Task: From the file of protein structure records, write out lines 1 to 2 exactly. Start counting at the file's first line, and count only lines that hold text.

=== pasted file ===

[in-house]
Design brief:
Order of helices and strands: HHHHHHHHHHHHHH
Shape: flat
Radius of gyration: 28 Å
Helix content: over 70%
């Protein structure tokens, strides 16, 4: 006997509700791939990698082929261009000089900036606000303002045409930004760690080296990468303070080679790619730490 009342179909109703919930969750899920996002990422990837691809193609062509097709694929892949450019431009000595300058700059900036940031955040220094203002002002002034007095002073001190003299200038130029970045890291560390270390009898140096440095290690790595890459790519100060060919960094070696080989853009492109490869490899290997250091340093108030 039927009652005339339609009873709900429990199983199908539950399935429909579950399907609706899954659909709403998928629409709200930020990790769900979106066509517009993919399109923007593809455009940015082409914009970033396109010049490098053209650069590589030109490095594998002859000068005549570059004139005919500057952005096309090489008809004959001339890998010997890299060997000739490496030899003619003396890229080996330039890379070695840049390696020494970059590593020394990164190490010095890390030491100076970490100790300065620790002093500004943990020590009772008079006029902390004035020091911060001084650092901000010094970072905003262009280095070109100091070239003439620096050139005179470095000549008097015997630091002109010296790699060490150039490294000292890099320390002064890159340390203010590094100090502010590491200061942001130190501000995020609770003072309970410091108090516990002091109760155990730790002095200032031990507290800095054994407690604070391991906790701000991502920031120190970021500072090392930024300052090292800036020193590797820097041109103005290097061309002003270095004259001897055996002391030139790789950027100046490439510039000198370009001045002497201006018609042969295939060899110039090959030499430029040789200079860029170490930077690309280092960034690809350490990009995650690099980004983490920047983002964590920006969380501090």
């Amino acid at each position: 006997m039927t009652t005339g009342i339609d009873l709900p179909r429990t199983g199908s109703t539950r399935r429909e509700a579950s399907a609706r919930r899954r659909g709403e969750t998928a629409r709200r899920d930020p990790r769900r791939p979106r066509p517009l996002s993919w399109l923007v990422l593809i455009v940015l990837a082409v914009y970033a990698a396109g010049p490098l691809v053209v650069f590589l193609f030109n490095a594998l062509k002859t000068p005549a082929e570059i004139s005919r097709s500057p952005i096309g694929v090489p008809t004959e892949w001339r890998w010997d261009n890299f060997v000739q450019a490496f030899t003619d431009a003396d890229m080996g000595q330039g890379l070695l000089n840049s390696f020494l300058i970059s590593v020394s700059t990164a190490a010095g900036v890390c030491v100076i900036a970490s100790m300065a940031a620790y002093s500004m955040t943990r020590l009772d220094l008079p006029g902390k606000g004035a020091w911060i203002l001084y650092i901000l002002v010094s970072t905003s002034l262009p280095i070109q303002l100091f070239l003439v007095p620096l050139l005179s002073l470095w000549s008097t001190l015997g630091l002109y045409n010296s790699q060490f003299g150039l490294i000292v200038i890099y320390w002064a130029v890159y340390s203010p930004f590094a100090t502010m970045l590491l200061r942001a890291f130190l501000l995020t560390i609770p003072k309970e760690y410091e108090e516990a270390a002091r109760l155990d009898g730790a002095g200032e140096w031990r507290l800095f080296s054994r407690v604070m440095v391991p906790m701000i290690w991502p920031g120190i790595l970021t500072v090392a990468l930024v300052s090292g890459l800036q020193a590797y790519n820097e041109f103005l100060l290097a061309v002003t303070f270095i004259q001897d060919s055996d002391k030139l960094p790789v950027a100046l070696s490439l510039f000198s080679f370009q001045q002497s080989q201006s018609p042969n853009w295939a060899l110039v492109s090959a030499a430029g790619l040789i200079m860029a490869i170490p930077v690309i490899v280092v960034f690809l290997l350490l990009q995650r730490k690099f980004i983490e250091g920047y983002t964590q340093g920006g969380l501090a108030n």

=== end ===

[in-house]
Design brief: